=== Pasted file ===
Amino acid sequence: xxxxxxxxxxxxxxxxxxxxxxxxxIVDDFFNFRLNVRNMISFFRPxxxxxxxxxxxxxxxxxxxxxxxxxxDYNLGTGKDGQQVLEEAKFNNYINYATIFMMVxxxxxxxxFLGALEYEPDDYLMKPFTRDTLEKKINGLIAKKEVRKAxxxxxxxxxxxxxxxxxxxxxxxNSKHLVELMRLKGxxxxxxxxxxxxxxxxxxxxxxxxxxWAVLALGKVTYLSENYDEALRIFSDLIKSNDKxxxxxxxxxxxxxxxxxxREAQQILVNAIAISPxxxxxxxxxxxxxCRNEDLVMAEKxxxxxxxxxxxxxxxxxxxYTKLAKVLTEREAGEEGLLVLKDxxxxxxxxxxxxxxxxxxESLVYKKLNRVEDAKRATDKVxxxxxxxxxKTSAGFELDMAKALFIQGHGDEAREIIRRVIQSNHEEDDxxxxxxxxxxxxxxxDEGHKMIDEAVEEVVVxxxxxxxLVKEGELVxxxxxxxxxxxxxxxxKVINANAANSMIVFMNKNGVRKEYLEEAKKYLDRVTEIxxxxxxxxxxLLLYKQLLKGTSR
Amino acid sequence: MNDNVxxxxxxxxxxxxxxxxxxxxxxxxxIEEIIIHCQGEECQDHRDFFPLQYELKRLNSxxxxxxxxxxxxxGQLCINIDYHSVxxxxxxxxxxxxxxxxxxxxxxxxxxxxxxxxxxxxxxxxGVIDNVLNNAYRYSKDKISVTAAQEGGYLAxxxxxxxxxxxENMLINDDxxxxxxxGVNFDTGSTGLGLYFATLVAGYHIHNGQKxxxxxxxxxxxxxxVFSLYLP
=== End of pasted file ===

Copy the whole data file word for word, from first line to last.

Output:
Amino acid sequence: xxxxxxxxxxxxxxxxxxxxxxxxxIVDDFFNFRLNVRNMISFFRPxxxxxxxxxxxxxxxxxxxxxxxxxxDYNLGTGKDGQQVLEEAKFNNYINYATIFMMVxxxxxxxxFLGALEYEPDDYLMKPFTRDTLEKKINGLIAKKEVRKAxxxxxxxxxxxxxxxxxxxxxxxNSKHLVELMRLKGxxxxxxxxxxxxxxxxxxxxxxxxxxWAVLALGKVTYLSENYDEALRIFSDLIKSNDKxxxxxxxxxxxxxxxxxxREAQQILVNAIAISPxxxxxxxxxxxxxCRNEDLVMAEKxxxxxxxxxxxxxxxxxxxYTKLAKVLTEREAGEEGLLVLKDxxxxxxxxxxxxxxxxxxESLVYKKLNRVEDAKRATDKVxxxxxxxxxKTSAGFELDMAKALFIQGHGDEAREIIRRVIQSNHEEDDxxxxxxxxxxxxxxxDEGHKMIDEAVEEVVVxxxxxxxLVKEGELVxxxxxxxxxxxxxxxxKVINANAANSMIVFMNKNGVRKEYLEEAKKYLDRVTEIxxxxxxxxxxLLLYKQLLKGTSR
Amino acid sequence: MNDNVxxxxxxxxxxxxxxxxxxxxxxxxxIEEIIIHCQGEECQDHRDFFPLQYELKRLNSxxxxxxxxxxxxxGQLCINIDYHSVxxxxxxxxxxxxxxxxxxxxxxxxxxxxxxxxxxxxxxxxGVIDNVLNNAYRYSKDKISVTAAQEGGYLAxxxxxxxxxxxENMLINDDxxxxxxxGVNFDTGSTGLGLYFATLVAGYHIHNGQKxxxxxxxxxxxxxxVFSLYLP